Let's look at something a little bit harder, the STRING token. This rule matches the quote characters and an array of 0 or more non-quote characters. In this case our production only names the array of characters, since we can take the quote character matches for granted. The final production with the two helpers required to make the token looks like the following:

Notice how we've used the flatten function to convert an array of characters into a single string. This is required because PEG.js has stored each match separately for us so we can do very complicated analysis and construction. In our case it is more of a hindrance so we do a simple flatten since the string is sufficient. Also notice that to keep the original string sequence we have both a value which is the string without quotes and we also keep the entire matched sequence of characters so we can re-emit the file. This is important depending on the usage of your code. If you are writing code that manipulates the file directly then this is necessary, but if you are simply producing a new output you can remove the string field and save the overhead since it won't be needed.

I want to do one more lexer rule for you here, the INTEGER rule, since the final production doesn't look very much like the initial regular expression provided in the document. PEG.js uses a forward slash character '/' to represent the alternation group. And in this context, to be exceptionally clear, it will try to process the first item in the group and if that succeeds, regardless of match length, that will be the token that it proceeds to process the input with. If in nested contexts it fails, it will then roll back and try the next. This can lead to some insane run-times, but techniques like memoization can prevent this from being a concern. For my example I noticed that the regular expression was trying to parse decimal, hex and octal values so I broke this out to simplify my matching and token construction.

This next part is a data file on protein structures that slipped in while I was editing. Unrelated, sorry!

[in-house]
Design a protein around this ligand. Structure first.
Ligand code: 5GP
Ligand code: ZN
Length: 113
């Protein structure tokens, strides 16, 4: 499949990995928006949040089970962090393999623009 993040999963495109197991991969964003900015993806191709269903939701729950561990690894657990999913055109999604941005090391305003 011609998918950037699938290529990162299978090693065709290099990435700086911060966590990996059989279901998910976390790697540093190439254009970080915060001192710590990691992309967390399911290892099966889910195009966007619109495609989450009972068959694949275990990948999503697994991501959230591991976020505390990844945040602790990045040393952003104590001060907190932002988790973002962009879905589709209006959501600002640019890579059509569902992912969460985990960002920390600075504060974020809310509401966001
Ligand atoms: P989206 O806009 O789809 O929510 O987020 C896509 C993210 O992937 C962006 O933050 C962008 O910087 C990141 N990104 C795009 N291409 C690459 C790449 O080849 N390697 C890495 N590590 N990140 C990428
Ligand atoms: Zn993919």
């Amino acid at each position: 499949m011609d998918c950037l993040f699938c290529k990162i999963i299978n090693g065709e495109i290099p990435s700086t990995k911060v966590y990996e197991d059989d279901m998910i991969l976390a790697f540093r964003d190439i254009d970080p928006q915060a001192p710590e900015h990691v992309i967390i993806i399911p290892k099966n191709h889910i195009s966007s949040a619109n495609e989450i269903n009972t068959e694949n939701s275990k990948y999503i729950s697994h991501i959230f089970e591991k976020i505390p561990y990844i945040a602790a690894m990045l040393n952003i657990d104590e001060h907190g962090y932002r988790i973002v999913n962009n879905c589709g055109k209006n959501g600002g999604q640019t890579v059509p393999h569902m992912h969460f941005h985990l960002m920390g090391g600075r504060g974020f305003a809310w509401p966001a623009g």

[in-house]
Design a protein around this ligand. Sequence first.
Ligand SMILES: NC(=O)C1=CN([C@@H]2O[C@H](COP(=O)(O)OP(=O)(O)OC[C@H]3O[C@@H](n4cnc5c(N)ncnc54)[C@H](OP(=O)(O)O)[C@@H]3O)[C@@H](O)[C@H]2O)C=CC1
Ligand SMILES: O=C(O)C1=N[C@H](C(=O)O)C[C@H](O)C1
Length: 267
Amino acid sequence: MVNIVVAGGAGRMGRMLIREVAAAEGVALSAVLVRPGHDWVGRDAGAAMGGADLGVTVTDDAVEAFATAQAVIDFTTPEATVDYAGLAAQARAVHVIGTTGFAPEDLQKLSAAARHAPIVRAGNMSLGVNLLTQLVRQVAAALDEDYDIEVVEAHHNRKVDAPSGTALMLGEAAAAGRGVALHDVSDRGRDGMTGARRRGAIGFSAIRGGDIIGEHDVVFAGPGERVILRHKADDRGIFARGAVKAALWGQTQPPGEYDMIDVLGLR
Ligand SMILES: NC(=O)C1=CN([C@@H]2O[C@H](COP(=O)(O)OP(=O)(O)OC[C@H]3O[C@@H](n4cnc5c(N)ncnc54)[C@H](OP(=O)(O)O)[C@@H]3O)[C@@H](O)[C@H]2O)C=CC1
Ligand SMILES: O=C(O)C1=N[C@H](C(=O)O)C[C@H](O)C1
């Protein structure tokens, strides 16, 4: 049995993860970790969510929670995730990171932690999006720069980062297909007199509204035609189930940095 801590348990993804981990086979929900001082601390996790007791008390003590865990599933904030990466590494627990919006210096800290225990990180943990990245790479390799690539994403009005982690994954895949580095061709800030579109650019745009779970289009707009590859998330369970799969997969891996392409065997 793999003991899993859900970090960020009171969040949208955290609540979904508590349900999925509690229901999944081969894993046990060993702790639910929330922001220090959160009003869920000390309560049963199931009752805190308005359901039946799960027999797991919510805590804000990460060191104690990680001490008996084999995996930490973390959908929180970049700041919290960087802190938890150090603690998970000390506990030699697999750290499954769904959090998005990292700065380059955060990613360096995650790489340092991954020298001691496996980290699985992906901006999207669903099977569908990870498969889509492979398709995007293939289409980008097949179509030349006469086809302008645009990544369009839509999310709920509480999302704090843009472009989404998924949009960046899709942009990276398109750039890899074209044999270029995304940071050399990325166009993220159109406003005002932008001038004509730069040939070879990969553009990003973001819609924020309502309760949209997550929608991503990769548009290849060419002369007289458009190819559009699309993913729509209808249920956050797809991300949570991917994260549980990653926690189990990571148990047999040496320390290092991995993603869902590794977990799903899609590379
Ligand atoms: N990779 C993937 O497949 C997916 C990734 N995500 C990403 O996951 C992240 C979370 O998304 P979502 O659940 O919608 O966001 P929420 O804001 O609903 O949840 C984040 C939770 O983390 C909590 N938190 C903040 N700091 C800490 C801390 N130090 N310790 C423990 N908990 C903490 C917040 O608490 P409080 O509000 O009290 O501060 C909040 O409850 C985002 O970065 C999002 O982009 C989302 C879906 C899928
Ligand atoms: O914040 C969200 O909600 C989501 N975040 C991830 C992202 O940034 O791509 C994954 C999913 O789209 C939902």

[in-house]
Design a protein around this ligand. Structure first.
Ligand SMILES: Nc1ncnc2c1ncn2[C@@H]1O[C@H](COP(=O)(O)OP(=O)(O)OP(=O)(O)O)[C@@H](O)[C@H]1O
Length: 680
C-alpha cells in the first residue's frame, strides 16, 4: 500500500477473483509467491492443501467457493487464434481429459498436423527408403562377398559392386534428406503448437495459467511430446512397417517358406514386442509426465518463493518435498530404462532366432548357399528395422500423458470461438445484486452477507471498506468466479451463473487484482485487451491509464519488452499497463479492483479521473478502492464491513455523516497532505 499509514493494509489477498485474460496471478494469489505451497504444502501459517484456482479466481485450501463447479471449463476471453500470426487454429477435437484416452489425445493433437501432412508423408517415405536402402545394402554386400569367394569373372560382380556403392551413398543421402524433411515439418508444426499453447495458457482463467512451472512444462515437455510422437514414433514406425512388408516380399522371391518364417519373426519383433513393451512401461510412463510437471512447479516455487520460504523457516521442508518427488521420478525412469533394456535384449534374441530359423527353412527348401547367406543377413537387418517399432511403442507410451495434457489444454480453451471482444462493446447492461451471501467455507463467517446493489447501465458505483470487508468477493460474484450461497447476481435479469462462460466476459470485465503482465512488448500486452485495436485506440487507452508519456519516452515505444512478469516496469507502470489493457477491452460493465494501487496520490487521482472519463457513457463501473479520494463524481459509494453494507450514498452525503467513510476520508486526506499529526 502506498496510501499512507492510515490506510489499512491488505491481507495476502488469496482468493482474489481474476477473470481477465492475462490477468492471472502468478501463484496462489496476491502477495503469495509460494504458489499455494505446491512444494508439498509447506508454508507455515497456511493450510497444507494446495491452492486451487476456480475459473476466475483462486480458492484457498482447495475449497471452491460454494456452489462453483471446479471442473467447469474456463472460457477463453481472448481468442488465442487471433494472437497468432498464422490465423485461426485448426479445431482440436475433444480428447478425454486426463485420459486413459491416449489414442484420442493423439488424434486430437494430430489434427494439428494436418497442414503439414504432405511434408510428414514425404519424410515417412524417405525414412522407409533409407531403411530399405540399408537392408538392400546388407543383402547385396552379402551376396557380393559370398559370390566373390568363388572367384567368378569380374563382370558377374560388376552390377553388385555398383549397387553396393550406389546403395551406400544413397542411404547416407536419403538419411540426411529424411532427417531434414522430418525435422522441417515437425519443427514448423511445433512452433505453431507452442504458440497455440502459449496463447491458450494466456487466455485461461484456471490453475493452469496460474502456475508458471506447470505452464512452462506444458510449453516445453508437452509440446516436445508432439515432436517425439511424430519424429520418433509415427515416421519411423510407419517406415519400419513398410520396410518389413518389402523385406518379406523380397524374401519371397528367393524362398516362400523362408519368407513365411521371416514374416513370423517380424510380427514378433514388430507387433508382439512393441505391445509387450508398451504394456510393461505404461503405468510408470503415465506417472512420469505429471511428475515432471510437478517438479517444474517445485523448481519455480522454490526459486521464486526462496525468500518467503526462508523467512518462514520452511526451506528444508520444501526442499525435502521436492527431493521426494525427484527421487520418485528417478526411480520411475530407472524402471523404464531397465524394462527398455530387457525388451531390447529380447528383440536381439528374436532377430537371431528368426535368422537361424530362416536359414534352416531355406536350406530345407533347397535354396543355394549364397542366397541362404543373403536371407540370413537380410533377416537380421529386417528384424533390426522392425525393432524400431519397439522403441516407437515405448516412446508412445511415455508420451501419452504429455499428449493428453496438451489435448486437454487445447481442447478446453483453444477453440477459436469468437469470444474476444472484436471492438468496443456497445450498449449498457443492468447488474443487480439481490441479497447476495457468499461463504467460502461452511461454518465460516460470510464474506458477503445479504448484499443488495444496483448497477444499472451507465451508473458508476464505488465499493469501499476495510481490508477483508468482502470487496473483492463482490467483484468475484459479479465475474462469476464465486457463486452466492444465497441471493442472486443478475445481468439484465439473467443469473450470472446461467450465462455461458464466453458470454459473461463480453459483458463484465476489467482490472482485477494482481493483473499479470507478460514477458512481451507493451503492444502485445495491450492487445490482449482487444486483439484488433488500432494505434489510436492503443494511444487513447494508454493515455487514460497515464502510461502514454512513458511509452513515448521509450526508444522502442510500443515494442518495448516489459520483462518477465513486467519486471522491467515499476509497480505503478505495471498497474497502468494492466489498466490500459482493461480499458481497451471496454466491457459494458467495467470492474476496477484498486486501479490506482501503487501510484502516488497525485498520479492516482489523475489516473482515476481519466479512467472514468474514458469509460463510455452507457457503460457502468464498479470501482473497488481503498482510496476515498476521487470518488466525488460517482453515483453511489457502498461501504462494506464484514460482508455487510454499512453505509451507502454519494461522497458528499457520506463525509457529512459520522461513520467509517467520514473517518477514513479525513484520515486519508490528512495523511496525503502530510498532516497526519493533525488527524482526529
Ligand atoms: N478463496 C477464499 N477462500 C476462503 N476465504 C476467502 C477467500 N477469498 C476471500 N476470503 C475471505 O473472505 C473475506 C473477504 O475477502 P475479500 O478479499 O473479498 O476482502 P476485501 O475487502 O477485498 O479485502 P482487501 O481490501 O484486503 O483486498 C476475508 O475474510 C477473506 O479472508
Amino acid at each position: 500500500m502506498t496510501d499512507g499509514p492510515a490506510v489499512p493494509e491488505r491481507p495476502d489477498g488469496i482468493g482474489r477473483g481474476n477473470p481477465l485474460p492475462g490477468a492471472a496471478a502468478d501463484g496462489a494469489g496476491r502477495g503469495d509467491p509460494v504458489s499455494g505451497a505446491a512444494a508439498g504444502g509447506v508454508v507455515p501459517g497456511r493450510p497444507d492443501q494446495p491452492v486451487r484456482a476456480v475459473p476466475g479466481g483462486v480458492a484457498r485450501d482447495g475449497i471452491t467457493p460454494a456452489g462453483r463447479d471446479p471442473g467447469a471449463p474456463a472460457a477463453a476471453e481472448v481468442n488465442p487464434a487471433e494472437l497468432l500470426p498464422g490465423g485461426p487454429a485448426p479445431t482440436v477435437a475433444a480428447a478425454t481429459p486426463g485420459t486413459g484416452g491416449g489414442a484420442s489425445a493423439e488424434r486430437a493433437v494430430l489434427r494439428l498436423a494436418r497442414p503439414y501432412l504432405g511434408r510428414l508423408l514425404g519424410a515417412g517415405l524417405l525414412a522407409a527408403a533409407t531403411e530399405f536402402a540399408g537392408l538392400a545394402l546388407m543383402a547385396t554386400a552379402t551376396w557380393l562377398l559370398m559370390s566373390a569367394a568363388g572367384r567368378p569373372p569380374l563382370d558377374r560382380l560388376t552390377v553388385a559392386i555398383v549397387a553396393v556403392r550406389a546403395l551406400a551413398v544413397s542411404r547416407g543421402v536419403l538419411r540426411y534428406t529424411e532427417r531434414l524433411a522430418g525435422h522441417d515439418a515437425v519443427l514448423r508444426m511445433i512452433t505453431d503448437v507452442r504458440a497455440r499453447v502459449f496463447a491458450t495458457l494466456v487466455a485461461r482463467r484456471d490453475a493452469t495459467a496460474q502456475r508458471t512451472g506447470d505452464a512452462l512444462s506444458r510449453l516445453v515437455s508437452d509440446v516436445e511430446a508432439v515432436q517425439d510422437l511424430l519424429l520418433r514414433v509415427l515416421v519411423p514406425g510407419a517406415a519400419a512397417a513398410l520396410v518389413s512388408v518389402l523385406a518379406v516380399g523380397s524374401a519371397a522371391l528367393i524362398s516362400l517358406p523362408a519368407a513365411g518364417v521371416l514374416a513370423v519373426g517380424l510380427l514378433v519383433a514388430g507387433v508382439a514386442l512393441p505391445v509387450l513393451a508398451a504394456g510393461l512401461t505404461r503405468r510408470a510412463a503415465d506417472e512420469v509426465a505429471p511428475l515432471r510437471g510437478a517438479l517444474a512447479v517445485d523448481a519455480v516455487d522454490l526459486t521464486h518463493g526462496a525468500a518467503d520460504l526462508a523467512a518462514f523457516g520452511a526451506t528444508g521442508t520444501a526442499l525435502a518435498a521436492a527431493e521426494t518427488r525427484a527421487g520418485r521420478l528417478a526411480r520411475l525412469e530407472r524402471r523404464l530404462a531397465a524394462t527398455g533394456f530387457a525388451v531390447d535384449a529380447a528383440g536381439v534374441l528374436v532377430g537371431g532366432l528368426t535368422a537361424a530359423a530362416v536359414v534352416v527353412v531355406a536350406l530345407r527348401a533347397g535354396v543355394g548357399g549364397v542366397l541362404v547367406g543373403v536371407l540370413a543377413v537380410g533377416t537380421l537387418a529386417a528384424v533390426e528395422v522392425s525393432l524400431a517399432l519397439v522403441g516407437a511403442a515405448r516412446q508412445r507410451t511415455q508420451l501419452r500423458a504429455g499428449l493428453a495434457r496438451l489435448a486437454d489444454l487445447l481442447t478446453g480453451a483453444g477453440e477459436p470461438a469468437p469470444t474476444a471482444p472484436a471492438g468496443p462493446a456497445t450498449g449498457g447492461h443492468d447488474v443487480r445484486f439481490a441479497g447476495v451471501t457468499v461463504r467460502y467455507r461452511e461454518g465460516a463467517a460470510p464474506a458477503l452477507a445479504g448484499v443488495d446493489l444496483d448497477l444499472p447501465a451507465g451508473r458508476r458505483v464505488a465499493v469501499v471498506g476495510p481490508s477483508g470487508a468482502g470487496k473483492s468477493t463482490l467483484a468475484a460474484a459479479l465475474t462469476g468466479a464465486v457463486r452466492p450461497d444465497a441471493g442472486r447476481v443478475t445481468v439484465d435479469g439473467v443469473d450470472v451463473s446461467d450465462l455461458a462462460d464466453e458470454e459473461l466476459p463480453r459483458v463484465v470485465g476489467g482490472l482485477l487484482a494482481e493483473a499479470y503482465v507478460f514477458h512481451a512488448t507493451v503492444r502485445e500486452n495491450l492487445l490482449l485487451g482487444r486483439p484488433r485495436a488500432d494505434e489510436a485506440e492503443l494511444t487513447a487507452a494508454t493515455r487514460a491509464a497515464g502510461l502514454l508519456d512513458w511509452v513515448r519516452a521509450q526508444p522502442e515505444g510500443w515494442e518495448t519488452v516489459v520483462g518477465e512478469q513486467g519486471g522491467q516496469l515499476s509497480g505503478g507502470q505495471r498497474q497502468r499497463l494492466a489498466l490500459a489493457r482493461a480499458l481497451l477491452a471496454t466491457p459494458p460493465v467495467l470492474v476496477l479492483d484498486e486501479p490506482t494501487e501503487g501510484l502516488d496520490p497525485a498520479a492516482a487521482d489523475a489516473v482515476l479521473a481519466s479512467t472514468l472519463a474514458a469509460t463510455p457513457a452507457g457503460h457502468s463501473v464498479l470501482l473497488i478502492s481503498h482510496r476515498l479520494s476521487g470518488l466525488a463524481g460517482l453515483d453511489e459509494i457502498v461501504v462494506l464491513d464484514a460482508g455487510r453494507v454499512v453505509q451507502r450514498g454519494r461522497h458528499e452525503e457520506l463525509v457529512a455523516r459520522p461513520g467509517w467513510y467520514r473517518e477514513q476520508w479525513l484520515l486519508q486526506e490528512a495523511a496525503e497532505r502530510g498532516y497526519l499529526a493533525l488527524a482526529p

In addition to how I split the rules out, this also shows how we might use optional matches. Here the opt:'-'? represents a token which may or may not be present. It can then be tested for in our function. If we do see a negative value, then we simply flip the sign of the current token. This is also interesting. Note that our variables in the INTEGER lexer have actually become the tokens that we passed back from DECINT, HEXINT, and OCTINT. When you later compose parser rules, the values you get will be lexical tokens such as these and you can now work with your results in an object oriented way no longer concerning yourself with the raw characters in the original stream.

Let's finish putting this together. The last bit you need is a start rule. By default the top level rule is your start rule. So we are going to define one called 'start' and another called 'tokens'. The 'start' rule is now a parser rule and it takes a list of tokens using tokens+. tokens is in turn our alternation group for all of our 7 lexical rules. And note, the ordering is IMPORTANT. Notice that FLOAT must precede INTEGER. That is because INTEGER OTHER INTEGER is a possible token sequence otherwise. With other parser technologies the longest possible matched token would be taken by default, but in PEG, the first possible token is taken regardless of length. With a few unit tests this is pretty trivial to detect and had you hand-written the parser you likely would have concerned yourself with similar.


Monday, January 5, 2015

Explorations in Node: Using the Request and Cheerio Modules

Given the speed of growth of the web there is a limitless amount of data available and most of it is transmitted in clear text for you to process as you see fit. Traditionally I would use a language like Perl or C# since both come equipped with many web friendly request classes, but today I decided to fumble through a bit of Node.js instead.

Investigating the Problem Space

After a couple of web searches I found that the request module is a pretty popular way to get the initial content. This effectively replaces concepts like LWP::Simple or System.Net.HttpWebRequest. Next I knew that I would want to parse it and while regular expressions are powerful and would have been my solution of choice previously, I instead wanted to use whatever the cool kids were using. Turns out there are a lot of examples for the jsdom module but a pretty decent stack overflow article enumerated about 15 options and in that article I found out that the cheerio module is a jQuery for Node.js.

Being that I'm a browser developer I've had a ton of experience with jQuery, mainly debugging why it isn't working and creating patches to make it work. That made cheerio seem like the perfect approach to the problem, assuming it was able to process the content in the expected way. Cheerio also installed and worked on a raw Windows machine without providing a Python path which further increased my confidence that it was a good, stand-alone module that wouldn't give me a bunch of setup grief. Time to write some code.

Implementing the Solution